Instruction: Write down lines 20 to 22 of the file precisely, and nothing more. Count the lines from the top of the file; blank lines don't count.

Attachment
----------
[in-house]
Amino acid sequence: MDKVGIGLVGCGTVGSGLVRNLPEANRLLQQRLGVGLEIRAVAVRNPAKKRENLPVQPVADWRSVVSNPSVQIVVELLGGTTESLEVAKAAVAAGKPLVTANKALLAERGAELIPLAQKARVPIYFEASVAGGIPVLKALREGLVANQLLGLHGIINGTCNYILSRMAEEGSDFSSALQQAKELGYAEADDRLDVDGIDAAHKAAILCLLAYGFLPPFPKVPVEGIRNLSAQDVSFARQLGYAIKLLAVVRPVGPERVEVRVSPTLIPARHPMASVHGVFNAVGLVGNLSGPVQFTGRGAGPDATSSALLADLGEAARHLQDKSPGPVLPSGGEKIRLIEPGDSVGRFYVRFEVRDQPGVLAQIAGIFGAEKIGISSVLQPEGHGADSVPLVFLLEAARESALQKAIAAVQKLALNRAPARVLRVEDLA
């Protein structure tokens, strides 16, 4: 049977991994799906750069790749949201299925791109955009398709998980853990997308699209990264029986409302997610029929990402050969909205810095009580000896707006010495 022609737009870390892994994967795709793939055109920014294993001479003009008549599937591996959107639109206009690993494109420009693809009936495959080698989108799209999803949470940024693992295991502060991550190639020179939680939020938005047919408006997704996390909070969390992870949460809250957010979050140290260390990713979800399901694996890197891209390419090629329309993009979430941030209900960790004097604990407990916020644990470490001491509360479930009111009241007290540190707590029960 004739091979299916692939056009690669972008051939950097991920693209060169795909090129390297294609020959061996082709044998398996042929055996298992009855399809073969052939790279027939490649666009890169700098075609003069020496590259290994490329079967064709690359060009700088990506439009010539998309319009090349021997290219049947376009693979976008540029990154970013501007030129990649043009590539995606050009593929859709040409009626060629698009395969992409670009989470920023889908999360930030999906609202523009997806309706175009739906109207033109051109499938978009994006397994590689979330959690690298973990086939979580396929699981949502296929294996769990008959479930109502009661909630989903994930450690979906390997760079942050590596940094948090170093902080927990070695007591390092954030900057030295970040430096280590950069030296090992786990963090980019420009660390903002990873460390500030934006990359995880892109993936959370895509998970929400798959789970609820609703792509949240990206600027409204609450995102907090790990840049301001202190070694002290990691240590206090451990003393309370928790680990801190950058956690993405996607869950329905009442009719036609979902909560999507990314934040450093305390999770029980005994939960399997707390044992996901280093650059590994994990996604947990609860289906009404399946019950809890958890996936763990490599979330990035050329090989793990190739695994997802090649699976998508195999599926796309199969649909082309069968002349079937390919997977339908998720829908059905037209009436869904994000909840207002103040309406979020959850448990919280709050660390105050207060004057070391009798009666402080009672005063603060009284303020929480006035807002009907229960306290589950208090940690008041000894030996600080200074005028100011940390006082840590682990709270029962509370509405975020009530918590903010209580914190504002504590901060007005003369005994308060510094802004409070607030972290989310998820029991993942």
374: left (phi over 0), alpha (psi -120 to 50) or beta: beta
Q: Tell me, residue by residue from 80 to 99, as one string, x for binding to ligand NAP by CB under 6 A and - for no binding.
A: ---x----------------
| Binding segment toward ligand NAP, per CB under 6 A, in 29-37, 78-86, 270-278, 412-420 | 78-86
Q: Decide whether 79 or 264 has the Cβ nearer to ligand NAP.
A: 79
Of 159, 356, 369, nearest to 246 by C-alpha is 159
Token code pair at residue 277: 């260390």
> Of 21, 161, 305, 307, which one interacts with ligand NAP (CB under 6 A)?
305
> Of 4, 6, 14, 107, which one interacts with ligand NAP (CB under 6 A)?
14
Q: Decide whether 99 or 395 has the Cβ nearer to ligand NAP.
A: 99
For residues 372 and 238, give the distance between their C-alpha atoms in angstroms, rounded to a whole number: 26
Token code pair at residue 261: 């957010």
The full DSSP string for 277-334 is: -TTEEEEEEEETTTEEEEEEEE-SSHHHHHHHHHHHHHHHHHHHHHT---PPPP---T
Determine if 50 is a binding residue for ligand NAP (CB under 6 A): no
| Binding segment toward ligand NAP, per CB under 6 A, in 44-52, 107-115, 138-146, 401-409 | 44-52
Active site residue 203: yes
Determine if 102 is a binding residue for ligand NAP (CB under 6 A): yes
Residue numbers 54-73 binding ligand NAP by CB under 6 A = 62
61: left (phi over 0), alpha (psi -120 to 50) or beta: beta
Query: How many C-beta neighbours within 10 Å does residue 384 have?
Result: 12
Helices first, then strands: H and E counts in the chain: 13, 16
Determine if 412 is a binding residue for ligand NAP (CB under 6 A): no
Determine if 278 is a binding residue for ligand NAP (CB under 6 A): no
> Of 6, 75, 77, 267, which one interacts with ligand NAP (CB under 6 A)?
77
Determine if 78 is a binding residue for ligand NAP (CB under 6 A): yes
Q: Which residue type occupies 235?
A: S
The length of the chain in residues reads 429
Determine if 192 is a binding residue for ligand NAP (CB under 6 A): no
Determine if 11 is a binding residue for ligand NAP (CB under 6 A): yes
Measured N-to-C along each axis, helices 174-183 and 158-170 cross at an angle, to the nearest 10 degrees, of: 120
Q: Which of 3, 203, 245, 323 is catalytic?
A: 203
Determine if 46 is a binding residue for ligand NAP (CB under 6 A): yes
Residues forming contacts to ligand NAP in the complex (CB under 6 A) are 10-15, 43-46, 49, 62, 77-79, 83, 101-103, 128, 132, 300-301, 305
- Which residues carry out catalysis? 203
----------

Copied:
The full DSSP string for 277-334 is: -TTEEEEEEEETTTEEEEEEEE-SSHHHHHHHHHHHHHHHHHHHHHT---PPPP---T
Determine if 50 is a binding residue for ligand NAP (CB under 6 A): no
| Binding segment toward ligand NAP, per CB under 6 A, in 44-52, 107-115, 138-146, 401-409 | 44-52